Homily

 

 

Among the many subjects taught in school is history, a record of the past. For those with a bad memory, it can be a nightmare and a burden of a subject to learn especially about things, people and places which may seem not to be relevant with the present. However, history as a subject ought not to be a burden but rather a tool for our present reality. The more we know about the past, the better we are prepared for the future. As they say: “Those who don’t know history are doomed to repeat it.” Simply put people who don’t learn from their mistakes don’t mature.

Today, the 13th May in 1917, and that’s just about a hundred years ago, Our Lady appeared to the three young shepherd children – Lucia, Jacinta and Francisco, at Fatima in Portugal. It was a significant event that happened towards the end of World War I. The message of our Lady was a call: to prayer and penance, a call to repentance and conversion, so that there can be peace in the world, failure to which a greater and more terrible war would
happen.

Maybe the Church and the world knew about the message rather late, and maybe the response was slow to heed the message of peace, and consequently World War II struck with terrible consequences. The question that begs an answer is: has the world learnt any lessons? After 100 years, will we ever heed the message of peace? Or will history repeat itself?

In history we can truly see how Jesus has watched over the Church and protected those that belonged to Him, as He says in the gospel. He prayed that we be protected from the evil one, so that the evil and terrible moments of history will not be repeated. Indeed Jesus watches over us, He prayed that we may be protected because we have a mission of being sent into the world to proclaim the truth, the truth of God’s love.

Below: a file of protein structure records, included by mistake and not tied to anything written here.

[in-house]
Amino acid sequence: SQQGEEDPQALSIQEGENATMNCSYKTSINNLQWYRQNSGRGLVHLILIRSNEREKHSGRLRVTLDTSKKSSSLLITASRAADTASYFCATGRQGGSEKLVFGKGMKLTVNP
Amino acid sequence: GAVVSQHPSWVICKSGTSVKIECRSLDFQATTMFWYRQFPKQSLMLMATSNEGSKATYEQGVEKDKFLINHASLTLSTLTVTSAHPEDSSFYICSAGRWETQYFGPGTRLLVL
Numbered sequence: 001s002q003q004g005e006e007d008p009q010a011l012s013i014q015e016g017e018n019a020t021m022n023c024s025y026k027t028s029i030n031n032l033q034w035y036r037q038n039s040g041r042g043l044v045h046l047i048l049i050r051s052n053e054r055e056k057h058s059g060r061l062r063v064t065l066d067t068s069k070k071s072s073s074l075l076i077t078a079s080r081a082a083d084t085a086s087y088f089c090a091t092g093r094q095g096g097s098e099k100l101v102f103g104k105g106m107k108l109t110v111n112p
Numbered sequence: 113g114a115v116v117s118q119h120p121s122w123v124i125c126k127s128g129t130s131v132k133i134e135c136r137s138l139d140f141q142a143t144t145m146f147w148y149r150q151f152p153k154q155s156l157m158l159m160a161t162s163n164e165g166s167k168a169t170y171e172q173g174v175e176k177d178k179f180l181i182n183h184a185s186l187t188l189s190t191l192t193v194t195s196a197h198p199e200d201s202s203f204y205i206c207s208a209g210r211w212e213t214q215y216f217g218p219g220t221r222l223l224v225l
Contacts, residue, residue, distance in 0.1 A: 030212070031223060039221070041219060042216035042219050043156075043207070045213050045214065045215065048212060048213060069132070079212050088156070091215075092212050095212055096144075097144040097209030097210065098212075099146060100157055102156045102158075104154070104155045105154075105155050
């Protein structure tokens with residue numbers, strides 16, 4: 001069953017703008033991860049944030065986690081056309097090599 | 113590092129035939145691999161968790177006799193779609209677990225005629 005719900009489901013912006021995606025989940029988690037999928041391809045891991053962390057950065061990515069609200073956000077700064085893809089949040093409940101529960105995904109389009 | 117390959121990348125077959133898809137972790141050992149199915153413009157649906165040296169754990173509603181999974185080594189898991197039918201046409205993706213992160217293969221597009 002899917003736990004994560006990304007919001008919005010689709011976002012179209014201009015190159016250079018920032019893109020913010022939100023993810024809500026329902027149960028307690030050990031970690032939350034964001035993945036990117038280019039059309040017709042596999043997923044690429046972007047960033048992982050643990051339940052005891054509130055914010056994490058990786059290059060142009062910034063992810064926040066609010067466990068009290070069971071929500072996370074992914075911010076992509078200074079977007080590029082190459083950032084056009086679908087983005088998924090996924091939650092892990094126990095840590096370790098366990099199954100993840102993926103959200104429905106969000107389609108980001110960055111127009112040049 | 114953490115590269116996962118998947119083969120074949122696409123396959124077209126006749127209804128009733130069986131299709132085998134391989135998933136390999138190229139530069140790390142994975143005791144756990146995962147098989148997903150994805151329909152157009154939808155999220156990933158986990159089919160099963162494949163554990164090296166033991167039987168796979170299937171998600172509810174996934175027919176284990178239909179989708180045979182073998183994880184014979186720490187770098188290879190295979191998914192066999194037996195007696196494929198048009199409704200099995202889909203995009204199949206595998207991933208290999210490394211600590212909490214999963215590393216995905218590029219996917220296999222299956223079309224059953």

To communicate the truth of love and the truth with love is our mission so that we bring the message of hope to a world that has seen history repeating itself, and repeating itself not for the better – but for the worst. Worst scenarios of bitterness and hatred, innuendoes and insinuations, hateful speech and vulgar language, intolerance and violence. A hundred years later, we are called to prayer and penance, repentance and conversion so that we may restore peace and harmony in our families, communities and our society.

Today we celebrate the Ascension of our Lord into heaven. For three years the disciples accompanied Jesus and in this period, Jesus entrusted them with different tasks – to love one another unreservedly; to forgive each other without measure; to wash each other’s feet endlessly; and to feed the hungry without counting the cost, etc. However, the last task He entrusted His disciples was: “to go into the whole world and proclaim the good news to the
whole creation” (Mk 16:15).

The Feast of Ascension gives us the responsibility not only of representing Jesus in our society, or in our community and indeed in our families but also of writing our fifth gospel. We write a new page of the gospel each day, through the things that we do and the words that we say. Others read what we write whether we are being faithful and truthful. However, what is the content? The content of our fifth Gospel may be seen in the way we live and represent Jesus in our families, to our neighbours, friends, co-workers etc.

As we go to the bi-elections here in Chilanga – my appeal goes to those vying for the position of leadership. Kindly, do not fall short of service and sacrifice for the betterment of the poor who are the majority of our society. Also, endeavour to pursue the will of God in the promotion of justice, peace, reconciliation and unity amongst our people of diverse cultural, tribal, religious and political affiliations. This is the only way we will maintain peace and love with one another and amongst ourselves. Zambia is bigger than ourselves; Zambia is bigger than the political divide. Together, we can make a difference. The Bemba adage has it: “Umunweo umo taulasala Inda”. May our Lady of Fatima intercede for us. Amen.

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